Summertime visitors can head to the beach to participate in an array of fishing tournaments that are held along the sand, or from the Crystal Coast’s two island piers: the Oceanana Pier in Atlantic Beach, and the Bogue Inlet Pier in the town of Emerald Isle. Popular fishing tournaments include king fishing specific contests, like the Cape Open King Mackerel Tournament and the RSWSC King Mackerel Tournament, as well as family-friendly tournaments like the Youth Fishing Derby and the BlueWater Fishing Tournament. Visitors who are interested in beachside fishing tournaments can contact the local piers, as well as the local bait and tackle shops, for dates and registration info.
There are also a couple Beaufort-specific tournaments that are held in the heart of town, such as the Barta Boys and Girls Club Billfish Tournament at the Beaufort Town Docks, which is part of the Governor’s Cup Billfish Series and which is held in mid-July. Check out local Beaufort visitors’ centers and tackle stores for more info on possible fishing tournaments or derbies that are happening along Front Street.
Tips and Tricks for Fishing in Beaufort
- Fall is a great time to go fishing. Not only does this season boast the biggest variety of catches, but the town is less crowded, the weather is crisp and comfortable, and local accommodations may be less expensive than their peak summer rates. For a great vacation that revolves around fishing and is budget-friendly, fall is the time to go.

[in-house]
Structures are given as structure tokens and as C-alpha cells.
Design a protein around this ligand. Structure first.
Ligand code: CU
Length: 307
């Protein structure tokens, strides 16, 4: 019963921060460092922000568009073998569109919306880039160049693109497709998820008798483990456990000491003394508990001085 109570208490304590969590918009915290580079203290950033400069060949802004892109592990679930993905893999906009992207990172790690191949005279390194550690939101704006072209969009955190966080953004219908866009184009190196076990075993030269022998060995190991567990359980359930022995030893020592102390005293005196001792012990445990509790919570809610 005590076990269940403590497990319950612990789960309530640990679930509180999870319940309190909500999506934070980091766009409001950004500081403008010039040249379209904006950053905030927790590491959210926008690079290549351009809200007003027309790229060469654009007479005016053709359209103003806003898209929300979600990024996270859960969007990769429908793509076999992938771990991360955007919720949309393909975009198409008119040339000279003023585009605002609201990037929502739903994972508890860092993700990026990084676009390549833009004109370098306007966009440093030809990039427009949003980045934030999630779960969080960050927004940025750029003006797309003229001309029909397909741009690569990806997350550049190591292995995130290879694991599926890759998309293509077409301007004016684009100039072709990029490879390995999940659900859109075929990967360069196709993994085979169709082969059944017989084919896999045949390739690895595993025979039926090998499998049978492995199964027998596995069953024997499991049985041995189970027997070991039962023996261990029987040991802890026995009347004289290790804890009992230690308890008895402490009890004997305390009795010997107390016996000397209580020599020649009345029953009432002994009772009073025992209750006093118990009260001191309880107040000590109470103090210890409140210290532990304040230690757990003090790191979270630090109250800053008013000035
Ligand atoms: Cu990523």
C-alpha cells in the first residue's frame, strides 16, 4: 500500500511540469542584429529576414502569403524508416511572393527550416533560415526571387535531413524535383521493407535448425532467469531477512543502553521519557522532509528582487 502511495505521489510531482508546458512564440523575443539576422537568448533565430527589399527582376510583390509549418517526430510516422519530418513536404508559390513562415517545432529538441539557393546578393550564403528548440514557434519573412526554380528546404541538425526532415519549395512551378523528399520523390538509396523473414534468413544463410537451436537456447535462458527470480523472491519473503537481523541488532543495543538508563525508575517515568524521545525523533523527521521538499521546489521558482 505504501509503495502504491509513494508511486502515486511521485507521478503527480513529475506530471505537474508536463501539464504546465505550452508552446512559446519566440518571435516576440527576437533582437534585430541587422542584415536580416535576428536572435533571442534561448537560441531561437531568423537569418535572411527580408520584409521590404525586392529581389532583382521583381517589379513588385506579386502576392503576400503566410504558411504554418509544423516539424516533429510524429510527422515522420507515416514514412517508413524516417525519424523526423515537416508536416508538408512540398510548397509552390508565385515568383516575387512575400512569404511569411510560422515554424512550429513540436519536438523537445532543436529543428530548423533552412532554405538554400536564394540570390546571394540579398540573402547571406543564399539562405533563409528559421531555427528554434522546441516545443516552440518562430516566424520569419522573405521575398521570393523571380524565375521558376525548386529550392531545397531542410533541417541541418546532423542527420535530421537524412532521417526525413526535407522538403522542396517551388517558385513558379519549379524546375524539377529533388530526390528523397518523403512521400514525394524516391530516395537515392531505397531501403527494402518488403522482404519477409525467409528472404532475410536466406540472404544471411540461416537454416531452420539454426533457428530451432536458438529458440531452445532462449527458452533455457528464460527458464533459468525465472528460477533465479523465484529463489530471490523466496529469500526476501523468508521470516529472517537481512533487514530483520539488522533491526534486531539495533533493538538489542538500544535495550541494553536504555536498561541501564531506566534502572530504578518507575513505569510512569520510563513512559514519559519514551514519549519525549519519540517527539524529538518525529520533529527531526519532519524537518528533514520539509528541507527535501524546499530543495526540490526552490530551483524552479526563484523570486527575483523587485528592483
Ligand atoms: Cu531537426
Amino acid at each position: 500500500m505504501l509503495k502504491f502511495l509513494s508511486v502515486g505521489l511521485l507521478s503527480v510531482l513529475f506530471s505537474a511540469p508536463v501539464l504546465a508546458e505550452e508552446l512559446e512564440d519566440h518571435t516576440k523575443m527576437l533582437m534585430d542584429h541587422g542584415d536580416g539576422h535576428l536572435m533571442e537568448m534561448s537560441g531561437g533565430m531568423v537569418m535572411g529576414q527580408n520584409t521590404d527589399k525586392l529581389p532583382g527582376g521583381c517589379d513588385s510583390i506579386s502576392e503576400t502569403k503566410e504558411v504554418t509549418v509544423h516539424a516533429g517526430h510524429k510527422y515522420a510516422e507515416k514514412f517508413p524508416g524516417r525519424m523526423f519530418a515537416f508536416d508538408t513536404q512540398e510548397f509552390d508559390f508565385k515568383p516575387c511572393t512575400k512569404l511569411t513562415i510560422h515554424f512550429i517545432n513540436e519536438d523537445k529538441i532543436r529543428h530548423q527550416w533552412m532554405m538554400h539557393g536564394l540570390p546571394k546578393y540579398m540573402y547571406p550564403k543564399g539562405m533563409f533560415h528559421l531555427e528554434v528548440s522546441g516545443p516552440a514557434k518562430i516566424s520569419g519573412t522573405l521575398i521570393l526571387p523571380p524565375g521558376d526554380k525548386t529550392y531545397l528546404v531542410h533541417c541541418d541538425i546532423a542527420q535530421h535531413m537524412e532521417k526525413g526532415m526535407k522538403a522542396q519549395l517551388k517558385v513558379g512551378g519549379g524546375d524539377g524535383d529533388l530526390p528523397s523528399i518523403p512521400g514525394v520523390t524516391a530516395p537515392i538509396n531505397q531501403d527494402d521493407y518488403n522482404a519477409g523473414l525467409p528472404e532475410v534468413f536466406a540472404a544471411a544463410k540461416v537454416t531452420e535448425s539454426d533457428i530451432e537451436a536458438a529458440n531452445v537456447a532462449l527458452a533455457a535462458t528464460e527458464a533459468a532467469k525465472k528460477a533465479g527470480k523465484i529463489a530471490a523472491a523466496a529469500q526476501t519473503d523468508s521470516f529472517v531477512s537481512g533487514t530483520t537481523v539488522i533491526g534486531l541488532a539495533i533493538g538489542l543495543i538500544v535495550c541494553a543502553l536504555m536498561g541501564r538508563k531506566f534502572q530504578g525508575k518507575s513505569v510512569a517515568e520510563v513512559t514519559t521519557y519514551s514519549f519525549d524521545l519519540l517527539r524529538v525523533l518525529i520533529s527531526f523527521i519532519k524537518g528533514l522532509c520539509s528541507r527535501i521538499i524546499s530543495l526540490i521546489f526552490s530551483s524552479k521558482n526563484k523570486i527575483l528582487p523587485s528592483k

- Want to explore more fishing grounds? Head north. The Cedar Island Wildlife Refuge has several small beaches, fishing docks, and boat ramps which are generally found close to the terminuses of the bridges that are dotted along NC Highway 12. Best of all, because this area is relatively isolated, anglers will have little competition.
- Want to discover some of the best surf fishing conditions on the Crystal Coast? Head to Cape Lookout. The outlying barrier islands of the Cape Lookout National Seashore, (like the Shackleford Banks), are just a 20-45 minute ferry or water taxi ride away, and anglers will be rewarded with plenty of elbow room, and the best surf fishing in the Southern Outer Banks.
- Want to save money on bait? Then catch your own. “Sand fleas” or “sand diggers” are excellent surf fishing bait that can be obtained by digging into the soft sand close to the ocean wash in the summer months. Anglers can also head to the soundside or local salty canals to toss a cast net, (especially in the evenings), to scoop up small baiting mullets and / or minnows.
- Didn’t fare to well on your fishing trip? The Crystal Coast region has a number of local fish stores that sell fresh catches daily – either whole or already cleaned. Check out downtown Morehead City and / or the fish shops that are found next to the Atlantic Beach Causeway to load up on fresh seafood despite striking out on the fishing front.
Beaufort is a dream destination for anglers. With miles of water to go around, a wide range of boat launches and docks to cast a line, and an atmosphere that takes pride in its historic fishing village roots, a trip to Beaufort is a vacation that anglers of all varieties – as well as the non-fishermen in the group – will completely adore.